Father Charles Brandt, who died in late October, was a tireless advocate of the idea of nature as a sacramental commons in which all living things, including us, have dignity and place.
Father Charles Brandt at the hermitage near the Oyster River
THE LAST TIME I went to see Father Charles Brandt, who died of pneumonia in Campbell River on the morning of Sunday, October 25, a stiff southeaster had come blustering up from Seattle and was pushing around a high tide.
White-laced rollers hissed over the shallows off the Oyster River estuary, the same shoals on which Jim McIvor’s schooner had wrecked in a similar sudden blow more than a century before.
McIvor came ashore clinging to a spar, abandoned his plans to join the Klondike gold rush and, from the salvaged wreckage of his ship, built a cabin in the giant timber where farm pasture now sprawls about halfway between Campbell River and Courtenay.
I was early for my meet-up with Charles, so instead of taking Catherwood Road to the secluded hermitage he’d helped found more than half a century earlier—and where he was the last hermit, sustaining himself by repairing rare antiquarian books—I took the old forestry bridge across the lower Oyster, parked my battered truck and killed time walking down to the river mouth.
I took The Padre’s Walk, the trail named for my wife’s grandfather, another man of the cloth who loved and fished the wild river as a way of bleaching the bloody nightmares of The Somme and World War One out of his memory back when McIvor still lived in his shack near the beach and Father Brandt was a toddler on Euclid Avenue in Kansas City, Missouri.
The Oyster is a river that wanders when it takes a mind to, so I dawdled through the back channels, stopped at the pool where Susan cast her grandfather’s ashes, watched the brindled backs of several small trout sheltering from a rising freshet in a back eddy behind a knot of willow roots and thought of her father, the grizzled old newspaperman who first brought me here to fish in my own distant youth 50 years ago. His ashes, too, and his wife’s, the life-long fishing companion he met on the Oyster as a leggy teenager, are scattered on the next beloved trout stream south, Black Creek.
I pushed on to the beach.
Wind roared through the canopy above, a strange counterpoint to the gloomy green silence below with its dripping underbrush adorned by glimpses of the river sliding past.
At the beach, a screaming helmet of gulls above the surf, their wings gleaming as the light from a westering sun slanted in under dark layers of cloud. The gulls dipped and wheeled before they dropped to the sea, taking nature’s allotment from the surge, a little epiphany of abundance emerging from chaos.
It struck me then that stepping out of the forest was a passage between worlds; a transition as abrupt as passing through the film that separates the world of fish from the world of birds, both of which Father Brandt thought as sacred as the world of humanity, to which he also ministered—as much by stepping outside its turbulent currents as by plunging into its chaos.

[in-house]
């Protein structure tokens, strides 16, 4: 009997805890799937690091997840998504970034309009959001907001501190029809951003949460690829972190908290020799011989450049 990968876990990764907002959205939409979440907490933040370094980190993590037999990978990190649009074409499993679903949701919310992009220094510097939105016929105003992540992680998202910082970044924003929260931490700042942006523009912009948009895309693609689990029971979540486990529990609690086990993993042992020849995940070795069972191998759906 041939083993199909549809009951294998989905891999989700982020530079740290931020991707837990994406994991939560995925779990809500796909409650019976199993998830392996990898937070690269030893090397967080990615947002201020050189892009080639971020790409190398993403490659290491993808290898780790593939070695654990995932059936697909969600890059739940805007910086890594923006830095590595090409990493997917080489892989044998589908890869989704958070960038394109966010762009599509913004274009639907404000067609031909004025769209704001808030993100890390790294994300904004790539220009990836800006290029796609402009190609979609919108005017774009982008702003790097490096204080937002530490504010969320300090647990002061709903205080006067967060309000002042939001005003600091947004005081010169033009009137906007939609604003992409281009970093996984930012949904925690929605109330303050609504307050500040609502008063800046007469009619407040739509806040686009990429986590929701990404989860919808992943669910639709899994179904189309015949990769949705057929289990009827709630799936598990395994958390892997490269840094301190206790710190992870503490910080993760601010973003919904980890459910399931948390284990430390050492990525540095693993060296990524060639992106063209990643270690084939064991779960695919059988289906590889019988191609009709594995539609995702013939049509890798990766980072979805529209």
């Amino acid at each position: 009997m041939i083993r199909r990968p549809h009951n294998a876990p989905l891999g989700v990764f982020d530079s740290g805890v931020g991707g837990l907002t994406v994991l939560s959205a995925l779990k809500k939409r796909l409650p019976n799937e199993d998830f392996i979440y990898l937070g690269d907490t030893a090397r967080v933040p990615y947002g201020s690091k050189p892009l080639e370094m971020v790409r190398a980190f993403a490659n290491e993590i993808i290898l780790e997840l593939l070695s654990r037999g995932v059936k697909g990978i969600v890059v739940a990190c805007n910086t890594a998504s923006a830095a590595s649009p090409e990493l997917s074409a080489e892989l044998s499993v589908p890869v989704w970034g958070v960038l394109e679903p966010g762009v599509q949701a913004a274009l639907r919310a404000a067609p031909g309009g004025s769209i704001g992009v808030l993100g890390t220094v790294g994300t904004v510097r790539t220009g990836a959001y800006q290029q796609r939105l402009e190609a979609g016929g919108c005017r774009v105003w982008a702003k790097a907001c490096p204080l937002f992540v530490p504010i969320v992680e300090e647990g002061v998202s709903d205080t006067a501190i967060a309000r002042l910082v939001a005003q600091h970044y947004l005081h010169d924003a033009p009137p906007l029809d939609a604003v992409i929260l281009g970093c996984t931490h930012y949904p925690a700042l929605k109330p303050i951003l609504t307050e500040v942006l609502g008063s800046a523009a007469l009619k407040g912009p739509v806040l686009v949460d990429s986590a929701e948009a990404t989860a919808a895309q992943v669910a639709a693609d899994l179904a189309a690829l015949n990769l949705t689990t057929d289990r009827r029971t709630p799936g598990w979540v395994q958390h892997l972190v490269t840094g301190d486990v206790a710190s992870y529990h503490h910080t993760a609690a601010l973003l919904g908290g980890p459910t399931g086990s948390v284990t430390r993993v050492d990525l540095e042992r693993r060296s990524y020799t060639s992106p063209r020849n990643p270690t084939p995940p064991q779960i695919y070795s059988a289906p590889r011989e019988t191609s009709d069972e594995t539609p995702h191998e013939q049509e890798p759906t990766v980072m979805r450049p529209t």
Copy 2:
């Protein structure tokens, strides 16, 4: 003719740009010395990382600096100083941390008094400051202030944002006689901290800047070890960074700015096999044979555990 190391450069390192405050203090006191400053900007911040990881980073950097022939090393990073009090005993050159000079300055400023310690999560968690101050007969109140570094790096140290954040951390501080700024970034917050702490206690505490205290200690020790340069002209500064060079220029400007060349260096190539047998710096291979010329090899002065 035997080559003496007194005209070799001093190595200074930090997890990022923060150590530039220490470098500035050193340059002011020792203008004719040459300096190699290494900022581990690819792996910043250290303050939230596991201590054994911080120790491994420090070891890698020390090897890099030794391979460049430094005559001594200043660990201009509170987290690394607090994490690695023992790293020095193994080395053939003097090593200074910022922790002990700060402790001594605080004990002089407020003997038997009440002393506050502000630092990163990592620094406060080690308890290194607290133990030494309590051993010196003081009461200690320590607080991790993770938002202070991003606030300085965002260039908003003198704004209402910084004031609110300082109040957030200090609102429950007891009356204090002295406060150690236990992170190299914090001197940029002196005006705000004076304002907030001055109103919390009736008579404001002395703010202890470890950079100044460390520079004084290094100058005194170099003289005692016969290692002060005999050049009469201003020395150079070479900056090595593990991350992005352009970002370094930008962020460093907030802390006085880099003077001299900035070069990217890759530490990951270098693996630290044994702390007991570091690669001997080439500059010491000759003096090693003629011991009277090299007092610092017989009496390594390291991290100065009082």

I’m not a religious man, far from it. I’ve lived my entire life in the gritty, utilitarian pragmatism of journalism where there’s little time for reflection, let alone deep meditating upon the natural rhythms of wild places. But I always looked forward to my meetings with Charles, the quiet spirit of contemplative calm.
He lived in a world as different from mine as the world of those noisy seagulls was from the world of those trout idling at the edge of the racing current, dreaming whatever fish dream. Yet after 30 years of talking about the natural world with the hermit of the Oyster River, I’m increasingly inclined to think that everything alive has some level of consciousness, even trees, however incapable we may be of discerning what that might mean or of translating that awareness into intelligible terms of human reference.
I picked up a cobblestone for my garden, one of the rounded Oyster River pebbles distinctive for the snowflake-like quartz intrusions created when the rocks were ejected from some ancient volcano, another reminder of natural boundaries, this one between ancient past and immediate present.
Every visit to Charles was rich with these puzzlements, they seemed to coalesce out of the air. He was 94 on this visit. Below the hermitage, the Oyster grumbled through its channels, the winter rains turning the sunny song of summer into something more ominous.
He told me about surprising a cougar in the woods nearby—it stared at him, a tawny apparition, then vanished into thin air. He told me about a visit by an exotic bird that sized him up and then departed, some passing migrant he hadn’t seen before. He showed me a photo of a lighting redwing blackbird and another of an owl taking unblinking note of its observer.
We chatted about an essay by the British writer Russell Hoban. He wrote about the moment, waking at night next to his sleeping wife in a hut on a Greek island, in which he realized that the world was talking to him in languages most of us have forgotten—the wind snuffling around the eaves, the water dripping into the cistern, the distant susurration of surf, the sound of rain spattering against the roof tree; how we use “our little language of words to describe the big language of nightfall”—or of steelhead cutting through surging rivers like silver scalpels or cougars that come and go from our noisy lives unseen and unheard.
Charles was always turning thoughts like these over in his mind, always considering meanings. He was a tireless advocate of the idea of nature as a sacramental commons in which all living things, including us, have dignity and place. And even things that don’t live as we conceive the notion: snowflake rocks, water moving over stone, the wind over vasty deeps, the rosy flush of sunset on a mountain glacier.
He brought a remarkable humility to these meditations.